Is a Key Biden Narrative About 2024 Going Down in Flames?

News & Politics

The Biden campaign may acknowledge that it’s behind in the polls right now, but Democrats think they have an ace up their sleeve: fundraising.

“Former President Donald Trump may enjoy a slight lead in early polling against President Biden, but the incumbent has a significant lead in another race, which is perhaps just as important this far out from November,” Democrat strategist Douglas Schoen said last month. “Indeed, Biden’s cash advantage over Trump — currently sitting at roughly $40 million — may prove decisive in a race largely hinging on turnout and whichever campaign can effectively reach and mobilize voters.”

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Of course, much of that fundraising has been a mirage. Joe Biden has been able to jointly fundraise with the Democratic National Committee, while up until recently, Donald Trump has not been able to do the same with the Republican National Committee. Trump is also way ahead in the grassroots donations race, getting 61% of his donations from small donors, compared to Biden who’s getting 38% of his donations from small donors. 

Grassroots donations are a key indicator of voter enthusiasm, and the enthusiasm for Biden is not there compared to Trump. But even if we take fundraising numbers at face value, the narrative about Biden’s fundraising advantage — no doubt buoyed by his recent New York City fundraiser with Hollywood celebrities and Barack Obama — may not last much longer. On Wednesday, the Trump campaign and Republican National Committee (RNC) announced that they raised over $65.6 million last month, and have $93.1 million cash on hand.

“President Donald J. Trump has again created a fundraising juggernaut among Republicans. While he has been the presumptive nominee for the Republican Party for less than a month, the RNC and Trump campaign are one unified operation and focused on victory,” RNC Chairman Michael Whatley said in a statement. “We’re raising funds and making strategic investments to get out the vote and protect the ballot. We are going to win BIG in just 31 weeks.”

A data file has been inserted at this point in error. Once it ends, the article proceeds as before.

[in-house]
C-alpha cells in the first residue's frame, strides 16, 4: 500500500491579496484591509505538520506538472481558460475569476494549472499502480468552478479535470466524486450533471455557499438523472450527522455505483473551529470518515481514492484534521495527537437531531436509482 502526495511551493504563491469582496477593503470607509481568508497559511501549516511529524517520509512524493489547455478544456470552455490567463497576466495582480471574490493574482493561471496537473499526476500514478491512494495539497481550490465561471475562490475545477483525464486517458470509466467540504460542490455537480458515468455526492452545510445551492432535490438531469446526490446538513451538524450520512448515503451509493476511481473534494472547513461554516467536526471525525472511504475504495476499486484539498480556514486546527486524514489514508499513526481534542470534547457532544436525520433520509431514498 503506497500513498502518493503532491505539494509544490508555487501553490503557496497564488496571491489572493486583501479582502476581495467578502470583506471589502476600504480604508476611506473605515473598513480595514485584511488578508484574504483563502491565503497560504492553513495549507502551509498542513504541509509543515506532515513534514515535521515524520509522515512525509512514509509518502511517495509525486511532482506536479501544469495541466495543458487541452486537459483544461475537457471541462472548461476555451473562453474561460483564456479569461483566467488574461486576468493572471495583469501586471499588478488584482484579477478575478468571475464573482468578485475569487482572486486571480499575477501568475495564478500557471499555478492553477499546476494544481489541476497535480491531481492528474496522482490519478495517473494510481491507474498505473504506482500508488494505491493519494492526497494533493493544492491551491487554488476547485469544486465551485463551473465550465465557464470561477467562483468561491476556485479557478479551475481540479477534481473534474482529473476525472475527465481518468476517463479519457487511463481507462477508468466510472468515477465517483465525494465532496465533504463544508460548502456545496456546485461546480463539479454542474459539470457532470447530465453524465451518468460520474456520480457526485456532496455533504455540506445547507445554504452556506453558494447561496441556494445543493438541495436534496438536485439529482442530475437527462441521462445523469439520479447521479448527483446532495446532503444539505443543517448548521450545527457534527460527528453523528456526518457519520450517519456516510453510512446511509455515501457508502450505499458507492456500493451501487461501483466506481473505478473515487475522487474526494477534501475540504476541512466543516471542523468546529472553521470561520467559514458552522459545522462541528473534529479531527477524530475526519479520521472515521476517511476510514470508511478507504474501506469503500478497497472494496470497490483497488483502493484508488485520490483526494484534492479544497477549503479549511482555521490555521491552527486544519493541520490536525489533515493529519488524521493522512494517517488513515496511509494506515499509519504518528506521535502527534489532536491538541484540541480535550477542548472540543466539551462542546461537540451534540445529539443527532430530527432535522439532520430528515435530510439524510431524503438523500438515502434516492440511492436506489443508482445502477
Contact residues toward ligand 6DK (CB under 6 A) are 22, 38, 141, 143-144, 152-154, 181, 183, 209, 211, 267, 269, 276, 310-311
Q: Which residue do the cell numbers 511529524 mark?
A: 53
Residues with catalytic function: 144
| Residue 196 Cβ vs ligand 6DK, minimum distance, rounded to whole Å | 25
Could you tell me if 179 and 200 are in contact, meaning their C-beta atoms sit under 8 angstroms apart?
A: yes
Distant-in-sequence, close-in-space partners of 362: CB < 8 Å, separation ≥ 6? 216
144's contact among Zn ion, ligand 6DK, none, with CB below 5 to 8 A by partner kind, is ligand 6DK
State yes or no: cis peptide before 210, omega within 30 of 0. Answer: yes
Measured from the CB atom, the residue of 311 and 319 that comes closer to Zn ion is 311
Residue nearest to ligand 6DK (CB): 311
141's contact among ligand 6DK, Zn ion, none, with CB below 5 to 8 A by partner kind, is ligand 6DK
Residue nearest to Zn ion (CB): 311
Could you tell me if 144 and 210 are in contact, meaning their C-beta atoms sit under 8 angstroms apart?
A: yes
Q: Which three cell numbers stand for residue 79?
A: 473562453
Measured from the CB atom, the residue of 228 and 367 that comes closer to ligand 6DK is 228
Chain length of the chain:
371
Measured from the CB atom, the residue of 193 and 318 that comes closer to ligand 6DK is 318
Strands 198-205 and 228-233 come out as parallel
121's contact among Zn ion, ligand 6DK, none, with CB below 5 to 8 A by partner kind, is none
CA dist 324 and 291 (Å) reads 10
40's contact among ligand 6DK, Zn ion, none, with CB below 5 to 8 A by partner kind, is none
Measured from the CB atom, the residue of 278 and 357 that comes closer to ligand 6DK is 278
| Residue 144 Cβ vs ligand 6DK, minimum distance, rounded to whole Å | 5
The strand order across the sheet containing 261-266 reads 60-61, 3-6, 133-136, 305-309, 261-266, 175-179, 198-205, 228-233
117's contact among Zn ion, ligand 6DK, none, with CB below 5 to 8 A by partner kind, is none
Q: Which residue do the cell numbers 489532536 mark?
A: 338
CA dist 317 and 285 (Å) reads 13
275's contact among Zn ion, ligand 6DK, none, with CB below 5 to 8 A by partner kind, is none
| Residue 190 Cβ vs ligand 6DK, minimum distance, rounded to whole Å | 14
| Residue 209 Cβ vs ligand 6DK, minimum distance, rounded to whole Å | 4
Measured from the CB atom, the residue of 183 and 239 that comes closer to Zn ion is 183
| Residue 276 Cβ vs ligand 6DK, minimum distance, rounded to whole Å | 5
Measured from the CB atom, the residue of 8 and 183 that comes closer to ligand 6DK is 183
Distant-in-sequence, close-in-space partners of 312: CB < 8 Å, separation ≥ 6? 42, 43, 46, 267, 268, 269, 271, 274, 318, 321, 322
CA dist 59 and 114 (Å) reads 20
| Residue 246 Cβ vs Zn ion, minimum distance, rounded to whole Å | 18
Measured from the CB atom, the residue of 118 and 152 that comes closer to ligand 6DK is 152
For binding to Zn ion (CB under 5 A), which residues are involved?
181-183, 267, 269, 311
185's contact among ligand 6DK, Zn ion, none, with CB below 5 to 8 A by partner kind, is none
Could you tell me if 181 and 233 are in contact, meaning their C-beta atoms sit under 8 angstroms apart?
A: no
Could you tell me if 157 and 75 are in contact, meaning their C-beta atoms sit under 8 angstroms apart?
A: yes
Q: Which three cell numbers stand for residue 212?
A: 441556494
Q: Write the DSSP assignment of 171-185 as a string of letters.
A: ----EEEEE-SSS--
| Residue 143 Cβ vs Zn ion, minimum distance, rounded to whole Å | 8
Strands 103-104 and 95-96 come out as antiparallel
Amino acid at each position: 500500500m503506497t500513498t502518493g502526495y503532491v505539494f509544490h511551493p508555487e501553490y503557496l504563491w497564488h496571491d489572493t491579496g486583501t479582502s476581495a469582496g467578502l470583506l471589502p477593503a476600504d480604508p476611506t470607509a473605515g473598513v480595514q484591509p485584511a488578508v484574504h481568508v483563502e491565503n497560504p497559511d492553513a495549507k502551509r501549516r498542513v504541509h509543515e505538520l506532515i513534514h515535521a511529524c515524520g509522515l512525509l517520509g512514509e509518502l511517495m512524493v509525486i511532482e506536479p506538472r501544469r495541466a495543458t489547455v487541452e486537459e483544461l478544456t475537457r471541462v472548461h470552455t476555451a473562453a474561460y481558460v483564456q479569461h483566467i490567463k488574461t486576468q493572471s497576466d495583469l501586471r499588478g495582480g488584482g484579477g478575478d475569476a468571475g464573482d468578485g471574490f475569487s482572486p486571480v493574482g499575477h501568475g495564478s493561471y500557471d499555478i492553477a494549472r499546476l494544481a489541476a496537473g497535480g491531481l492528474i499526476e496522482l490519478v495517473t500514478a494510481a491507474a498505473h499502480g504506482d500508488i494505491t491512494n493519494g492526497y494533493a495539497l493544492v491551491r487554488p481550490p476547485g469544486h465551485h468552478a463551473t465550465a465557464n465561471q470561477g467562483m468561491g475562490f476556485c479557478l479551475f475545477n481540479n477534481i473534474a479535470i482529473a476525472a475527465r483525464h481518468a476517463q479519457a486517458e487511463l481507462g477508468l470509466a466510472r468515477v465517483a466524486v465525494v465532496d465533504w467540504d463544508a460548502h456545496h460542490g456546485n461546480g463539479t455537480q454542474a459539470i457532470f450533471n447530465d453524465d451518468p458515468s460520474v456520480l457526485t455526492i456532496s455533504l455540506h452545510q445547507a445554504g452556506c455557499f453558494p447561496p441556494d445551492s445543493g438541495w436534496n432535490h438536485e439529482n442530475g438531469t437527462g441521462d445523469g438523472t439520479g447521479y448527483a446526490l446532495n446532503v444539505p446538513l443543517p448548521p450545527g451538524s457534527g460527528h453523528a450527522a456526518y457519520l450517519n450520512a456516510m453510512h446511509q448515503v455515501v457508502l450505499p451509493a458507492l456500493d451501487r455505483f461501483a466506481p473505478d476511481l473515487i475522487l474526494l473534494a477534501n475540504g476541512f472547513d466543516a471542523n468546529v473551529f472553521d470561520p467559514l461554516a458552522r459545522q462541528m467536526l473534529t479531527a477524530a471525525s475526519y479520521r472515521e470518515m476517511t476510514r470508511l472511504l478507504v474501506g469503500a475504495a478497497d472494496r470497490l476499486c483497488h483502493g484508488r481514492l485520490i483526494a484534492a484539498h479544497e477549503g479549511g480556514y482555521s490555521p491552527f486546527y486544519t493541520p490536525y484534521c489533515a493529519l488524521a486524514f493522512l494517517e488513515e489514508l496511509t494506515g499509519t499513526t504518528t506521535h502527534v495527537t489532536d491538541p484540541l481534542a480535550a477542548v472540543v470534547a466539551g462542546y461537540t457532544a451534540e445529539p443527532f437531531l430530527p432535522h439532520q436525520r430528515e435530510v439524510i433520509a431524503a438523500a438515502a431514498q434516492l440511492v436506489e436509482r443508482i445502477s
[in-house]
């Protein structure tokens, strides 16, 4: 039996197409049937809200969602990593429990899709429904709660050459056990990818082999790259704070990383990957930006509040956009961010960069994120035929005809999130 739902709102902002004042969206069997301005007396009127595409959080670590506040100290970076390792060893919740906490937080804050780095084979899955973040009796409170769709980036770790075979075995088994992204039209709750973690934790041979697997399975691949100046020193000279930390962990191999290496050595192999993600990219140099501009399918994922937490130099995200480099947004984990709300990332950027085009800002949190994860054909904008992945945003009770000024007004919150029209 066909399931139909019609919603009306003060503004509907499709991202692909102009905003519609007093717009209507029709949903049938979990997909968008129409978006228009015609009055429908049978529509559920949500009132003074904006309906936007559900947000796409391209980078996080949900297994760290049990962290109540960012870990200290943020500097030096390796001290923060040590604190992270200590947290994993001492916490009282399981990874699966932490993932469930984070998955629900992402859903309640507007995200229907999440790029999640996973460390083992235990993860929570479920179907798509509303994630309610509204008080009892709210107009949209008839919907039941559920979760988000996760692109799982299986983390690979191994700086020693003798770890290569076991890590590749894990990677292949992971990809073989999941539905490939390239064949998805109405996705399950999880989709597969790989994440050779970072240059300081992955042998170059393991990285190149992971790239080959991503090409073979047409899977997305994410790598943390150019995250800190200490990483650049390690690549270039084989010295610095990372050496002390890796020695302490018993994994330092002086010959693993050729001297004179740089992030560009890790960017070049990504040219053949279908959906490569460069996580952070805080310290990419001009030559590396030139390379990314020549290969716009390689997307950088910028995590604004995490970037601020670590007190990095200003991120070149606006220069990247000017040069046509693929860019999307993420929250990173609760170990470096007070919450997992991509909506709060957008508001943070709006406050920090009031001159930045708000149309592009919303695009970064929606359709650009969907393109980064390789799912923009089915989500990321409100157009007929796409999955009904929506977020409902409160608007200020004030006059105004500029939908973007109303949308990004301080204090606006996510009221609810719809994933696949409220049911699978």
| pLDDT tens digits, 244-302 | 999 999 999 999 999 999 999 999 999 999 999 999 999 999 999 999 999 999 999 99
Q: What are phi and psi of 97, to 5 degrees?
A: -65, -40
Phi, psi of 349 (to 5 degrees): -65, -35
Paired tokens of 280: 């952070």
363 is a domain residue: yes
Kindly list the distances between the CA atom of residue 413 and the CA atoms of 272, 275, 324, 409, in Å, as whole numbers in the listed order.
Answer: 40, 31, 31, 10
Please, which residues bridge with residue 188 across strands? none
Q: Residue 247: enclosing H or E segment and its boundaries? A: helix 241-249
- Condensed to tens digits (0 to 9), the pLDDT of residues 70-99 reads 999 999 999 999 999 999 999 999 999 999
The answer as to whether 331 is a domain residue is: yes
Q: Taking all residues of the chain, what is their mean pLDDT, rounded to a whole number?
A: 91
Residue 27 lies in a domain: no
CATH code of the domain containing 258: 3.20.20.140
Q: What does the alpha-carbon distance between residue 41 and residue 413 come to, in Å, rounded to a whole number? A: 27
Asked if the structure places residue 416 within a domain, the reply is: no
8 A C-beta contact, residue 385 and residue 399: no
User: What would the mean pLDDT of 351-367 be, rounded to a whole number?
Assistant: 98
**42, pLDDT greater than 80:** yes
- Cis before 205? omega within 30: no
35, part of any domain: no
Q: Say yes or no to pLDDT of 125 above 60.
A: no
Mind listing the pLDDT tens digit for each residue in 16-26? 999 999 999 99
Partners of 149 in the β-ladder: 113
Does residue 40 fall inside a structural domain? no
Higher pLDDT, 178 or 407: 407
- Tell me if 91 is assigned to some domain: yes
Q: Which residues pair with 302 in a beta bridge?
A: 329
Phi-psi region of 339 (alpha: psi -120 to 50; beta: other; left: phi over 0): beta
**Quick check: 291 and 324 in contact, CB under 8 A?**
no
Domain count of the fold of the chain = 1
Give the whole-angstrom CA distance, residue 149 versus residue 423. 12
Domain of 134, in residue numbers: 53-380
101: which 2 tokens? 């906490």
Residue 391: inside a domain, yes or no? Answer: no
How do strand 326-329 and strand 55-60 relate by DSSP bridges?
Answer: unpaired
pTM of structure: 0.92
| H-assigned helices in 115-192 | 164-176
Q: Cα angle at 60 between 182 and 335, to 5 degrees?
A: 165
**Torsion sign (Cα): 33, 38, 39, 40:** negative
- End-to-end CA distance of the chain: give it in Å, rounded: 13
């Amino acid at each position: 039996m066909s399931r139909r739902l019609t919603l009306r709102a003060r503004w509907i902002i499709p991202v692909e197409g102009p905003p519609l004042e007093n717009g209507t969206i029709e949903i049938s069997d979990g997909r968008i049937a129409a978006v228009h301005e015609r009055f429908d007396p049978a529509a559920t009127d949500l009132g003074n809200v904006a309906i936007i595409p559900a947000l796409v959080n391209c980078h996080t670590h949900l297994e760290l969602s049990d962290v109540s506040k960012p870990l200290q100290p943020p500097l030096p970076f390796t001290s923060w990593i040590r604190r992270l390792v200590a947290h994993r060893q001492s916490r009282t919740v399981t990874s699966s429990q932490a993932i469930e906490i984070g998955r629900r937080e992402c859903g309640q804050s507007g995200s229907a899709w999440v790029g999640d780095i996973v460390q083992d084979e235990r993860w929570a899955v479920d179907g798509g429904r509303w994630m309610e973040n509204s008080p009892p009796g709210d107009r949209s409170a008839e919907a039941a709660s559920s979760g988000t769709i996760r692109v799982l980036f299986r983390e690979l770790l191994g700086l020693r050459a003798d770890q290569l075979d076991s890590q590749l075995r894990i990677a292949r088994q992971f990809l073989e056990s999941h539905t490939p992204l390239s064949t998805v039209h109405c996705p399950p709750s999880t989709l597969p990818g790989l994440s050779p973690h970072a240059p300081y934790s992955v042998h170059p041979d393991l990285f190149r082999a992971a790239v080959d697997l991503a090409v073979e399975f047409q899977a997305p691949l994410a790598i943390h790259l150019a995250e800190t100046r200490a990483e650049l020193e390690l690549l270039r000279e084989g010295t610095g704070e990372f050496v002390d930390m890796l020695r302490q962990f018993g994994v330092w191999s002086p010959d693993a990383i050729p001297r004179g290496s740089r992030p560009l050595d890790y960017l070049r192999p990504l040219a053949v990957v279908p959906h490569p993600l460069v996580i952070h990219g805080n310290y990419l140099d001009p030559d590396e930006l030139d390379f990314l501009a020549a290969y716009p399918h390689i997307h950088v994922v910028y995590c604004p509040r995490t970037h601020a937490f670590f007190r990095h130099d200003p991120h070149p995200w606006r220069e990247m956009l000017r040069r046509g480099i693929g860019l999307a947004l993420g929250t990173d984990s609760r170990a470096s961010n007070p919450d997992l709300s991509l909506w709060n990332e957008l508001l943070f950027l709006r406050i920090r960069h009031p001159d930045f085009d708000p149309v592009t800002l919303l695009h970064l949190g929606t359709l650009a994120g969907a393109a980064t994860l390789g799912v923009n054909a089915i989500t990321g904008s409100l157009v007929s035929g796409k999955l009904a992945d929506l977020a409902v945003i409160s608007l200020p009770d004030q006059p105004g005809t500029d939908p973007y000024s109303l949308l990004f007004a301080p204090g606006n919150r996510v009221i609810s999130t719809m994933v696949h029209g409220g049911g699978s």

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Related: Here’s What Biden Doesn’t Want You to Know About His Fundraising Numbers

“Our campaign, working together with the RNC, has been steadily ramping up our fundraising efforts, and our March numbers are a testament to the overwhelming support for President Trump by voters all across the spectrum,” added Senior Advisor to the Trump Campaign Susie Wiles. “Republicans may not be beneficiaries of the self-interested largess from Hollywood and Silicon Valley elites, but President Trump is proud to be supported by donations from voters who are the backbone of this nation, which will fuel Republicans up and down the ballot.”

As of this writing, Biden’s fundraising hasn’t been released yet, and the campaign will no doubt benefit from the big influx of cash it received from the New York fundraiser that brought in a reported $26 million. But Trump is already in the process of closing the fundraising gap. On April 6, the Trump campaign and allied organizations are holding a fundraiser in Palm Beach, Fla., where they’re looking to raise $33 million.

As Trump looks to close the fundraising gap with Biden, one important thing to remember is that he’s shown in the past that he doesn’t need to out-fundraise his opponent. In 2016, Hillary Clinton raised $600 million — a significantly higher sum than Trump’s $340 million — and she still lost.

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